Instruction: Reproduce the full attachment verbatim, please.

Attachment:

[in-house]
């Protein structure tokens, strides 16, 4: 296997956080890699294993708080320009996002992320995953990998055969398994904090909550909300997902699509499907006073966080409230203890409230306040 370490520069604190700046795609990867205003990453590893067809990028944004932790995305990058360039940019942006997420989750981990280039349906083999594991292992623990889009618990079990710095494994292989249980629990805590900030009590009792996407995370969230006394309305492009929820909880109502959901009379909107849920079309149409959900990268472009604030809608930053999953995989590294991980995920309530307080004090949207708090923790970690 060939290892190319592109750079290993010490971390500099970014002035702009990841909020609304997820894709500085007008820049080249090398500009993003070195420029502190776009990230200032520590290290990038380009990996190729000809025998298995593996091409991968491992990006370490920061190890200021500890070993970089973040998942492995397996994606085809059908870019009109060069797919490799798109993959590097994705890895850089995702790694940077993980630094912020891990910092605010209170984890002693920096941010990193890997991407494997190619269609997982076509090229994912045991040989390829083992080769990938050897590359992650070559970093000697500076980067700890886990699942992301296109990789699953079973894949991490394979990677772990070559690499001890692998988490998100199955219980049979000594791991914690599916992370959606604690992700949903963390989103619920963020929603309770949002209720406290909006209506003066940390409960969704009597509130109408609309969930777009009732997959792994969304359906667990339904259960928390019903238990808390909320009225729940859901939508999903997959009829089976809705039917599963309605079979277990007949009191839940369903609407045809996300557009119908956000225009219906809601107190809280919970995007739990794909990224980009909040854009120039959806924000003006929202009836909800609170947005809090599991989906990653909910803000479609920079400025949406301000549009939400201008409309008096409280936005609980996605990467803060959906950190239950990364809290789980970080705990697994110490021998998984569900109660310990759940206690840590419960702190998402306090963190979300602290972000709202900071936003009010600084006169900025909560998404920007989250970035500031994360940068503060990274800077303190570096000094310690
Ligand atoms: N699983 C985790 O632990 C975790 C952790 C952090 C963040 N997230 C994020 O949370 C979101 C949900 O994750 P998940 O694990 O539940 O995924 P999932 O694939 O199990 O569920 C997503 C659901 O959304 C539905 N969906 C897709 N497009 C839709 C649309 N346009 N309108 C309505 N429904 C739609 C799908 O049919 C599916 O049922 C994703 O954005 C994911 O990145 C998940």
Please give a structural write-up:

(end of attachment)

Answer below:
[in-house]
């Protein structure tokens, strides 16, 4: 296997956080890699294993708080320009996002992320995953990998055969398994904090909550909300997902699509499907006073966080409230203890409230306040 370490520069604190700046795609990867205003990453590893067809990028944004932790995305990058360039940019942006997420989750981990280039349906083999594991292992623990889009618990079990710095494994292989249980629990805590900030009590009792996407995370969230006394309305492009929820909880109502959901009379909107849920079309149409959900990268472009604030809608930053999953995989590294991980995920309530307080004090949207708090923790970690 060939290892190319592109750079290993010490971390500099970014002035702009990841909020609304997820894709500085007008820049080249090398500009993003070195420029502190776009990230200032520590290290990038380009990996190729000809025998298995593996091409991968491992990006370490920061190890200021500890070993970089973040998942492995397996994606085809059908870019009109060069797919490799798109993959590097994705890895850089995702790694940077993980630094912020891990910092605010209170984890002693920096941010990193890997991407494997190619269609997982076509090229994912045991040989390829083992080769990938050897590359992650070559970093000697500076980067700890886990699942992301296109990789699953079973894949991490394979990677772990070559690499001890692998988490998100199955219980049979000594791991914690599916992370959606604690992700949903963390989103619920963020929603309770949002209720406290909006209506003066940390409960969704009597509130109408609309969930777009009732997959792994969304359906667990339904259960928390019903238990808390909320009225729940859901939508999903997959009829089976809705039917599963309605079979277990007949009191839940369903609407045809996300557009119908956000225009219906809601107190809280919970995007739990794909990224980009909040854009120039959806924000003006929202009836909800609170947005809090599991989906990653909910803000479609920079400025949406301000549009939400201008409309008096409280936005609980996605990467803060959906950190239950990364809290789980970080705990697994110490021998998984569900109660310990759940206690840590419960702190998402306090963190979300602290972000709202900071936003009010600084006169900025909560998404920007989250970035500031994360940068503060990274800077303190570096000094310690
Ligand atoms: N699983 C985790 O632990 C975790 C952790 C952090 C963040 N997230 C994020 O949370 C979101 C949900 O994750 P998940 O694990 O539940 O995924 P999932 O694939 O199990 O569920 C997503 C659901 O959304 C539905 N969906 C897709 N497009 C839709 C649309 N346009 N309108 C309505 N429904 C739609 C799908 O049919 C599916 O049922 C994703 O954005 C994911 O990145 C998940």
Please give a structural write-up: